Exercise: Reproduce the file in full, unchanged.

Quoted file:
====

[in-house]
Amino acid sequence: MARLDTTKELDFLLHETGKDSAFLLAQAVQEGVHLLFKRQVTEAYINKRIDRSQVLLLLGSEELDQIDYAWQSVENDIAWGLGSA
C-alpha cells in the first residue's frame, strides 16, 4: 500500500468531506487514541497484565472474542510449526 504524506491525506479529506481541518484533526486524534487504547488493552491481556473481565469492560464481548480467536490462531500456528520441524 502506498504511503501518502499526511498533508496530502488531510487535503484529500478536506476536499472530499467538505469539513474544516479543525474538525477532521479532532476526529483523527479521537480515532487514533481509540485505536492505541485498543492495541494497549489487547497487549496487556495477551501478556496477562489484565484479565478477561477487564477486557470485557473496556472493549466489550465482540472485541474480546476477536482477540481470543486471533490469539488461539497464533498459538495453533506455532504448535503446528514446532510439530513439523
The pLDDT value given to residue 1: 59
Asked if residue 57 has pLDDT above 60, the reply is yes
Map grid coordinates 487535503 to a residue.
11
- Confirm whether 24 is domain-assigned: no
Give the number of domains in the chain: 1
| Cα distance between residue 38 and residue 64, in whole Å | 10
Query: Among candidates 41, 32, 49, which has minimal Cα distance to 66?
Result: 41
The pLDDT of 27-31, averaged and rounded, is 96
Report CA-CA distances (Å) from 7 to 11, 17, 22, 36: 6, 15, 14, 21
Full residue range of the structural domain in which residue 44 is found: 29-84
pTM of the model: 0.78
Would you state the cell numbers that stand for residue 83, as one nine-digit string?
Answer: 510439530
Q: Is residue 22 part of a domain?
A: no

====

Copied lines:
[in-house]
Amino acid sequence: MARLDTTKELDFLLHETGKDSAFLLAQAVQEGVHLLFKRQVTEAYINKRIDRSQVLLLLGSEELDQIDYAWQSVENDIAWGLGSA
C-alpha cells in the first residue's frame, strides 16, 4: 500500500468531506487514541497484565472474542510449526 504524506491525506479529506481541518484533526486524534487504547488493552491481556473481565469492560464481548480467536490462531500456528520441524 502506498504511503501518502499526511498533508496530502488531510487535503484529500478536506476536499472530499467538505469539513474544516479543525474538525477532521479532532476526529483523527479521537480515532487514533481509540485505536492505541485498543492495541494497549489487547497487549496487556495477551501478556496477562489484565484479565478477561477487564477486557470485557473496556472493549466489550465482540472485541474480546476477536482477540481470543486471533490469539488461539497464533498459538495453533506455532504448535503446528514446532510439530513439523
The pLDDT value given to residue 1: 59
Asked if residue 57 has pLDDT above 60, the reply is yes
Map grid coordinates 487535503 to a residue.
11
- Confirm whether 24 is domain-assigned: no
Give the number of domains in the chain: 1
| Cα distance between residue 38 and residue 64, in whole Å | 10
Query: Among candidates 41, 32, 49, which has minimal Cα distance to 66?
Result: 41
The pLDDT of 27-31, averaged and rounded, is 96
Report CA-CA distances (Å) from 7 to 11, 17, 22, 36: 6, 15, 14, 21
Full residue range of the structural domain in which residue 44 is found: 29-84
pTM of the model: 0.78
Would you state the cell numbers that stand for residue 83, as one nine-digit string?
Answer: 510439530
Q: Is residue 22 part of a domain?
A: no